The last variable is frequency, or total sessions per week. Frequency is inextricably linked to volume as adding sessions per week will inevitably increase volume. However, it is a variable of its own for a couple of reasons. First of which is fatigue management. For example, if you train more often throughout the week, you can space out exercises so that you have more time to recover. Secondly, you now have more time to introduce more variations to your training routine.
These three variables are in a balancing act: they work together in a program. So as we go further discussing intensity, we need to keep in mind that it is not the whole picture, but it is a big part of it.
But Hayden....how hard should I train??
I'm glad you asked!
As Hard As You Need
The first answer to the question of how hard you should train is as hard as you need! This might sound really simple, but sometimes it is. If it ain’t broke don’t fix it.
If you’re continuously getting stronger, gaining muscle, and recovering well between sessions, you probably don’t need to change anything. There is no evidence to the contrary. However, if your progress is stalling, then we need to reassess.
As mentioned before, there are other variables that we could manipulate. In order to figure out which one, you need to remember what your goals are. If you are trying to get as strong as possible and you want to put up a big number on the squat, you need to train with weights that resemble your goal or get you close.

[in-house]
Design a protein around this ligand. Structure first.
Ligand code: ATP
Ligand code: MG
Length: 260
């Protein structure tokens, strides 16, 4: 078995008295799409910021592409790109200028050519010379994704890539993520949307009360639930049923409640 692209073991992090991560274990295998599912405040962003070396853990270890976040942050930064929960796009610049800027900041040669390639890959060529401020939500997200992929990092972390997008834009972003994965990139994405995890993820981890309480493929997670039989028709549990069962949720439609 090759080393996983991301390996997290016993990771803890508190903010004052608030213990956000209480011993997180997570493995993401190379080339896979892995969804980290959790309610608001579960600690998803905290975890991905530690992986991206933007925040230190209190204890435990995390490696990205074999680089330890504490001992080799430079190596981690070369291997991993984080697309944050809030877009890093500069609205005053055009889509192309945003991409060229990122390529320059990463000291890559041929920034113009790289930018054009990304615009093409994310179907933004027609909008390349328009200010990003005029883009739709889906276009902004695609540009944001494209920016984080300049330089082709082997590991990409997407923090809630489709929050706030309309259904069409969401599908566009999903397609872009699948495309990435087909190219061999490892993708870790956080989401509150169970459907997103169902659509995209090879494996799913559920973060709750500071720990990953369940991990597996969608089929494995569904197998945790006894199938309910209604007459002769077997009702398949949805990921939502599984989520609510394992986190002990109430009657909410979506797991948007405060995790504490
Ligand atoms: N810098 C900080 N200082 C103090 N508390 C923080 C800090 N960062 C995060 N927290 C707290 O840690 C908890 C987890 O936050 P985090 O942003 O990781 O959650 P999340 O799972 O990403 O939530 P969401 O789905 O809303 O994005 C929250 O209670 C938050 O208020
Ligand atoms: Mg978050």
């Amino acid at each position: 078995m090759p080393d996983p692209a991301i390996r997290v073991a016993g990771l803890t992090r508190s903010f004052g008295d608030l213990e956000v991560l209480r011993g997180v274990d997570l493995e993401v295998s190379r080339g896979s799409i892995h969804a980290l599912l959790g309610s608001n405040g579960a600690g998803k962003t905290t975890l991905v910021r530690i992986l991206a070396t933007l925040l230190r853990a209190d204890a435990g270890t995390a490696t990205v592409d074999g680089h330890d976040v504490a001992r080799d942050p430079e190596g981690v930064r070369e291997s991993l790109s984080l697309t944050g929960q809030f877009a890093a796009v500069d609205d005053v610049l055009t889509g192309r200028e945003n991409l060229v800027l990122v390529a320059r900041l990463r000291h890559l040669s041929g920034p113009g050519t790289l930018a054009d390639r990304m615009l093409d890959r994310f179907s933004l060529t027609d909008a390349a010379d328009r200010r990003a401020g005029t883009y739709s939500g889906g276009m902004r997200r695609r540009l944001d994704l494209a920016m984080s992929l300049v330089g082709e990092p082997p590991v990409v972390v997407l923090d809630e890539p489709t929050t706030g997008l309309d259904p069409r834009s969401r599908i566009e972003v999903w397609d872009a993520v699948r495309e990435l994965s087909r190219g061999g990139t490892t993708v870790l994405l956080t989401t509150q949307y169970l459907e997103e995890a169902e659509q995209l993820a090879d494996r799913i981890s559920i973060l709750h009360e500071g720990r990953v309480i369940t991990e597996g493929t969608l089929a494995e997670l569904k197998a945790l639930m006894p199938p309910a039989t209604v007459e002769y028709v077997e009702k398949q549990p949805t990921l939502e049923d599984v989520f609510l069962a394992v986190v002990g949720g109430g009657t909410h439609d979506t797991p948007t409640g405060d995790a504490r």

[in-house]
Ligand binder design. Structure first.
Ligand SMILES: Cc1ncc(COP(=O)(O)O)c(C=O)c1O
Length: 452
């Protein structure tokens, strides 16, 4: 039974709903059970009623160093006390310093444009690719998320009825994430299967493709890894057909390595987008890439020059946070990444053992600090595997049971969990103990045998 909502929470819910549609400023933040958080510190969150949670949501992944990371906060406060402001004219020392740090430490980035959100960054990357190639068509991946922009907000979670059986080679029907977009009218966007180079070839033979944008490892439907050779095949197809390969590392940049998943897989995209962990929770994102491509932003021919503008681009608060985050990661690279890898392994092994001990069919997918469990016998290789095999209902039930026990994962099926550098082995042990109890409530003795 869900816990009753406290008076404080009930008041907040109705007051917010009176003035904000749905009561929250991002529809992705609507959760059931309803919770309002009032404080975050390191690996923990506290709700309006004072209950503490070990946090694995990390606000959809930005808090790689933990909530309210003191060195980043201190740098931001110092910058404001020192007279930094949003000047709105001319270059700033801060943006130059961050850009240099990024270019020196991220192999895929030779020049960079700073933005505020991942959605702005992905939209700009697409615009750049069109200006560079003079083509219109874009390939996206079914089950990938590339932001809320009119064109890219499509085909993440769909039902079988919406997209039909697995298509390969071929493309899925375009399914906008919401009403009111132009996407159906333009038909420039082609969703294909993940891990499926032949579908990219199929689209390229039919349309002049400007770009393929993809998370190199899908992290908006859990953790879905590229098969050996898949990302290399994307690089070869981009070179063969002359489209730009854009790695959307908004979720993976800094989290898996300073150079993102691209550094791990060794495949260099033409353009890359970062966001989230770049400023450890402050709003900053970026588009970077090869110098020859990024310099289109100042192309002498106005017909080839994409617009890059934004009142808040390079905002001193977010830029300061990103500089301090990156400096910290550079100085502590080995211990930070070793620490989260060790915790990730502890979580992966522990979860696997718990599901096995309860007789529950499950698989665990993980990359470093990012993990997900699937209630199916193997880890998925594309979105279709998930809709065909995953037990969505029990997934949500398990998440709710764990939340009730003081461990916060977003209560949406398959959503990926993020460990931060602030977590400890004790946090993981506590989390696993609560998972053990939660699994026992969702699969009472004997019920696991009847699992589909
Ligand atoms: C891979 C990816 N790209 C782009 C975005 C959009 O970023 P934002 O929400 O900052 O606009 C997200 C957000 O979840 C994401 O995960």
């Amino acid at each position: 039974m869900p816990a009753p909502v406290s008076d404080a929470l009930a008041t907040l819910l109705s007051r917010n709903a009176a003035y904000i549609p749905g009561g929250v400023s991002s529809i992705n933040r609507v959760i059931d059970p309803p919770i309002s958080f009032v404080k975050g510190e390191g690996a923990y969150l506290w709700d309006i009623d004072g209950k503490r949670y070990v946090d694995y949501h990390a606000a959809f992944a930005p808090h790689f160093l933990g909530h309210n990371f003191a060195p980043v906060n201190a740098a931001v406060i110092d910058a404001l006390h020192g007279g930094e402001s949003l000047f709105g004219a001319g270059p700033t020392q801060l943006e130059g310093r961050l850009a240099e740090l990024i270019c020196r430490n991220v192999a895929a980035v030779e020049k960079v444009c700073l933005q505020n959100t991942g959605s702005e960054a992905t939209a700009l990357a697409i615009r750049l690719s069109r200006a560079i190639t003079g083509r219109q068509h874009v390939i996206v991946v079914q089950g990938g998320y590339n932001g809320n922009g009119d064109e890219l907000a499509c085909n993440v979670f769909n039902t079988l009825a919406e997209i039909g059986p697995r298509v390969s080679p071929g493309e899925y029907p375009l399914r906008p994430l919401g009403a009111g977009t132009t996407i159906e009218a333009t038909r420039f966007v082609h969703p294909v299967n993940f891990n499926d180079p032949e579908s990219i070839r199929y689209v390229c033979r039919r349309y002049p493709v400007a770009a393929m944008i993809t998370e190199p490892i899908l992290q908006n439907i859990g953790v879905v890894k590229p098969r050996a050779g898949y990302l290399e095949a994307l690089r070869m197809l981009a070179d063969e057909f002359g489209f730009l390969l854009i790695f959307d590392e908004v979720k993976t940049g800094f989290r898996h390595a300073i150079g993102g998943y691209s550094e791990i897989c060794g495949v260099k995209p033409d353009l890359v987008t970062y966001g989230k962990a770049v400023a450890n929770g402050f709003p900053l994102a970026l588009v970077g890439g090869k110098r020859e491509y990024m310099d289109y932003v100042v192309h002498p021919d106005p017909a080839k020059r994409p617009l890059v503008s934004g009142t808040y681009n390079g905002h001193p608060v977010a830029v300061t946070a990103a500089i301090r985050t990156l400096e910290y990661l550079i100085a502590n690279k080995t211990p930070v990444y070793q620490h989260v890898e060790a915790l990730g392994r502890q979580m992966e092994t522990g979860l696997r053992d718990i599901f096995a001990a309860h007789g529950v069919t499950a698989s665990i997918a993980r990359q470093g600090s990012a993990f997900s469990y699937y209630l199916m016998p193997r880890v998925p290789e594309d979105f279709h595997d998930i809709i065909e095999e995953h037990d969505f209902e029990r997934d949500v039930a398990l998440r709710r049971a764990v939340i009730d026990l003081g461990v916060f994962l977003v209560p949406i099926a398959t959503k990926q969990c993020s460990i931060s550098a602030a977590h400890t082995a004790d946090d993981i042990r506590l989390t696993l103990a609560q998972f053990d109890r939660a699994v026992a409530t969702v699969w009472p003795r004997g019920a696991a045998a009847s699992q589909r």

This is why “as hard as possible“ is not always productive because you’ll burn out quickly. But training too easy won’t get you anywhere either.
The salutation is trying something new, seeing how you respond, and making changes accordingly.
3-4 Reps From Failure
Another way to answer this question is to look at what the exercise science literature has to say. Generally speaking, for strength and hypertrophy, 3 to 4 reps from failure is a minimum cut off. This will get you headed in the right direction and is incredibly useful! The majority of your training should not stray far from it.
But isn’t harder always better? Not really! Every time you lift weights, you get a certain stimulus from the training. On the flipside, the stimulus comes with a fatigue cost. If you train at maximum intensity all the time, the fatigue you have to fork out is greater than the benefit the stimulus provides.
A few reps shy of failure still gets you a great stimulus, but keeps the fatigue down. There are times when training to failure is appropriate, but it should not be the majority of your training.
Lastly, your training intensity will greatly depend on where you are right now. If you just started strength training for the first time, you should probably stay within the minimum range for a while.
Going back to our “if it ain’t broke don’t fix it” motto, going super heavy probably isn’t necessary. Because the training is so new, your body will most likely have a very sensitive response even if the intensity is lower.
On the other hand, if you’ve been training for several years, your average training intensity will depend on what you have been doing and what you have done in the past.
In order to tie all this information together, let’s take a step back and think about this in terms of a program.
As a general rule, when starting out a new strength program, the intensity is usually at its lowest. Your working sets will start out at the low end of the effective range. As you work through it, the intensity will slowly ramp up as you develop your strength.
And if you are going for a one rep max attempt at the end of the program, then the volume will slowly drop off as the training gets more specific to your end goal.
With this kind of approach, the intensity only increases as needed, remains within the minimum effective range of 3 to 4 reps from failure, and factors in your training history.
When putting together a program, intensity is only one piece of the puzzle. But hopefully now you can see the thinking that goes behind it. We hope that this has been helpful and will put you started you in the right direction!